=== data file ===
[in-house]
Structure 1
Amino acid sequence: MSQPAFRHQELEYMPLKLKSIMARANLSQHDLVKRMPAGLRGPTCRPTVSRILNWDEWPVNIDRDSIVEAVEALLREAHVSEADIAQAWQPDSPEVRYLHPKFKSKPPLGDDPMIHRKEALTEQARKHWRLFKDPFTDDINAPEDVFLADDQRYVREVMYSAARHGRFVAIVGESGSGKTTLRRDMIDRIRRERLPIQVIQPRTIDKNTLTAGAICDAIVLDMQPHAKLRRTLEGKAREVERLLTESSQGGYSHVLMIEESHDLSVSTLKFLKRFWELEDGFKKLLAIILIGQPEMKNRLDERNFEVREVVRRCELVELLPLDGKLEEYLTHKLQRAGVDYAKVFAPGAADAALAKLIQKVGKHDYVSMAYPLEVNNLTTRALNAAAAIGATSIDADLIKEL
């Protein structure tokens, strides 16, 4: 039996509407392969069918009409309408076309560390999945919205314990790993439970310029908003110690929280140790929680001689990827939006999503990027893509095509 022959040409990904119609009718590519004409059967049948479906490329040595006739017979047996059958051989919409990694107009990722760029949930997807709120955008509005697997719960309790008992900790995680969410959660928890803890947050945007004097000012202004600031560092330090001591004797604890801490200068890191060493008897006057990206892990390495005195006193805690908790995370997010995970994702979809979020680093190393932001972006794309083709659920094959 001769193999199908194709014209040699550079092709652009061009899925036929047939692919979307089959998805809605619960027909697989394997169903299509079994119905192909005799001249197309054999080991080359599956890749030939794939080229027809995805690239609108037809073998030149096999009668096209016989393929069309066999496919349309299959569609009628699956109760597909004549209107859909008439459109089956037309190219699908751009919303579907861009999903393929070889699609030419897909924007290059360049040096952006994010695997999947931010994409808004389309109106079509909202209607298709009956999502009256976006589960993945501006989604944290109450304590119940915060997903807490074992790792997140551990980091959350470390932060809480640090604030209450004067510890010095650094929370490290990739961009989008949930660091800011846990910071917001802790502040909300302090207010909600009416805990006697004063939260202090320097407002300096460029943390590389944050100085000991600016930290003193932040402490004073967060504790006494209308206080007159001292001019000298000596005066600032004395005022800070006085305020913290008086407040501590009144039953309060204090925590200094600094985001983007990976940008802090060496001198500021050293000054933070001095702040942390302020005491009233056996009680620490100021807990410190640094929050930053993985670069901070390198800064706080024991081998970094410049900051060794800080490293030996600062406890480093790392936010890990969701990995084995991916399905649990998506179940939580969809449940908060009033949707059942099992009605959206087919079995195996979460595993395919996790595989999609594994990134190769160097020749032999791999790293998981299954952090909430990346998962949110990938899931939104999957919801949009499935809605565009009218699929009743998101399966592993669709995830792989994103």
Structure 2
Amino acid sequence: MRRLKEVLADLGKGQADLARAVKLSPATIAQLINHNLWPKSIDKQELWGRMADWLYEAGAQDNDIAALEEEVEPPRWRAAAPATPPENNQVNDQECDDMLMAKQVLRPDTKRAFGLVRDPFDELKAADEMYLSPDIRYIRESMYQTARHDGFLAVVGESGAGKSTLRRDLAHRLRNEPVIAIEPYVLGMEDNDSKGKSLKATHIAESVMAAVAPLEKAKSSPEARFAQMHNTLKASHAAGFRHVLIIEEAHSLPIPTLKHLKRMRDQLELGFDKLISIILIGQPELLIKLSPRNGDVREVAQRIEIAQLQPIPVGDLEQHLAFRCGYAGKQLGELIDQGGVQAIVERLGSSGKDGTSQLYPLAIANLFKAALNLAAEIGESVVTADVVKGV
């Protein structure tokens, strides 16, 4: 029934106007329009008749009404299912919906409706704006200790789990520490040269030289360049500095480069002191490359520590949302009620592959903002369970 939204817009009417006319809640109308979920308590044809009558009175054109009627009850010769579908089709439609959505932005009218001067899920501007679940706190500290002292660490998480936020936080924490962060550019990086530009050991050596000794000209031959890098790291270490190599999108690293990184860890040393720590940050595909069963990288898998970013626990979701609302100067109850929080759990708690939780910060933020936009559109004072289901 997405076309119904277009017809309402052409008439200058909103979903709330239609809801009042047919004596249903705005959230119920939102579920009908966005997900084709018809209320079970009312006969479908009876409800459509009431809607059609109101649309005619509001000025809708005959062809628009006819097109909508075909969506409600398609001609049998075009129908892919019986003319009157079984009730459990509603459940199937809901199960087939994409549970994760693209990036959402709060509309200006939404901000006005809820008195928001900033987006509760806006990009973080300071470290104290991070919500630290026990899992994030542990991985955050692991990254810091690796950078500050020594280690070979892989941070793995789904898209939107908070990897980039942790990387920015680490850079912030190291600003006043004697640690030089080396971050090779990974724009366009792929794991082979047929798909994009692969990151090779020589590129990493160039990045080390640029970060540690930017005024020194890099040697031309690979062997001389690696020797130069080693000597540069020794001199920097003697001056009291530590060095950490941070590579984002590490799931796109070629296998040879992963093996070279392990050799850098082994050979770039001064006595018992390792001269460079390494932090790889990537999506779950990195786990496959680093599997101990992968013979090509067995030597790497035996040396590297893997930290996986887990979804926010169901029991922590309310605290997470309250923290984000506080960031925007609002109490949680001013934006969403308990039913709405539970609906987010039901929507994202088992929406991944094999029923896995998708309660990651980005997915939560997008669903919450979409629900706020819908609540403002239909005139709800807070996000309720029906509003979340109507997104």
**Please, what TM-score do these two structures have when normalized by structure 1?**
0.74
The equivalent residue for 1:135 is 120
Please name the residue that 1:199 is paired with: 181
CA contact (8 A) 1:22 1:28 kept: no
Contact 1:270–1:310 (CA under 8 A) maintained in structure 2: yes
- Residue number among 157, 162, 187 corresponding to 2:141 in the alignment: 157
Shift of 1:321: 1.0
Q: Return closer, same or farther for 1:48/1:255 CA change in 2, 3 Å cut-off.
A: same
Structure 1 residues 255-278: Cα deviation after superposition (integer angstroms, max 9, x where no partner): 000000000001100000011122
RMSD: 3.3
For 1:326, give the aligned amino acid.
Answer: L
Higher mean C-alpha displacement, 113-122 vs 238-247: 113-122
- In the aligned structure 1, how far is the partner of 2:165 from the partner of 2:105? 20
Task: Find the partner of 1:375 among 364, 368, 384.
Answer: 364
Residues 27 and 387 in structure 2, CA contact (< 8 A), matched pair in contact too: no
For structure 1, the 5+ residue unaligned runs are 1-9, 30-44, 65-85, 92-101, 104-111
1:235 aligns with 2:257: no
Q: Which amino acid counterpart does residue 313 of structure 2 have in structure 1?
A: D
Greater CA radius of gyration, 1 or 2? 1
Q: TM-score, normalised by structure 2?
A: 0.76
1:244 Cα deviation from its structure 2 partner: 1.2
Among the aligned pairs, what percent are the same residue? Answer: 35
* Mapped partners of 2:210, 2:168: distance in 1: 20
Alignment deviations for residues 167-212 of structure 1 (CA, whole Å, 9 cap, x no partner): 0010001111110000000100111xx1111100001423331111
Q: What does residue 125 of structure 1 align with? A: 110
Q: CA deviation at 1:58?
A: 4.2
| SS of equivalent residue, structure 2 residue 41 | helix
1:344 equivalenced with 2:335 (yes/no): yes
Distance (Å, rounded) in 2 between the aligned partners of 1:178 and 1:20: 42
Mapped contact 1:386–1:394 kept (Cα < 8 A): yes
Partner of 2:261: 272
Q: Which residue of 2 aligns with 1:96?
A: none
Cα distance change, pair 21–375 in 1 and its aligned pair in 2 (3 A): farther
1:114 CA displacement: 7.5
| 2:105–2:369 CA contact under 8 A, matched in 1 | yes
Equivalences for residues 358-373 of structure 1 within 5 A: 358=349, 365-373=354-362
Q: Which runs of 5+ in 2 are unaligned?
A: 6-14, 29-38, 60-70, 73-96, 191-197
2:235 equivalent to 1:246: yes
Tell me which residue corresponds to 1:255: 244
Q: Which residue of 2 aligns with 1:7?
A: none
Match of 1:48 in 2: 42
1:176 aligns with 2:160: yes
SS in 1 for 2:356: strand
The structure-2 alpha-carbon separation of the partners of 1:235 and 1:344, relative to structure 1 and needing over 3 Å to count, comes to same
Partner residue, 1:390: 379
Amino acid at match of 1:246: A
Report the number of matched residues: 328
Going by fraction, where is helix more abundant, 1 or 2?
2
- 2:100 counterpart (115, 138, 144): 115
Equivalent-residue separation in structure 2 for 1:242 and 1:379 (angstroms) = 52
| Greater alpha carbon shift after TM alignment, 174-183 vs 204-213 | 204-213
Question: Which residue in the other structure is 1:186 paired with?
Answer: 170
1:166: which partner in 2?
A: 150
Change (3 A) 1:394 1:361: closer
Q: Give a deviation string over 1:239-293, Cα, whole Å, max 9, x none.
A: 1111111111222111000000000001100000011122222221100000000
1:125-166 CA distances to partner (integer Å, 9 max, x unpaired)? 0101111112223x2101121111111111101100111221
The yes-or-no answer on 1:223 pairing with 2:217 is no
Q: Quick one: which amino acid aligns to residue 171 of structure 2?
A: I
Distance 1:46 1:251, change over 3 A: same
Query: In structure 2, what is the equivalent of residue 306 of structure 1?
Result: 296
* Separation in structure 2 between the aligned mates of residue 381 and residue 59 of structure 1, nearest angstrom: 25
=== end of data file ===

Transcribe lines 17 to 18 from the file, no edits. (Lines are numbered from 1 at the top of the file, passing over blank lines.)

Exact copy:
A: same
Structure 1 residues 255-278: Cα deviation after superposition (integer angstroms, max 9, x where no partner): 000000000001100000011122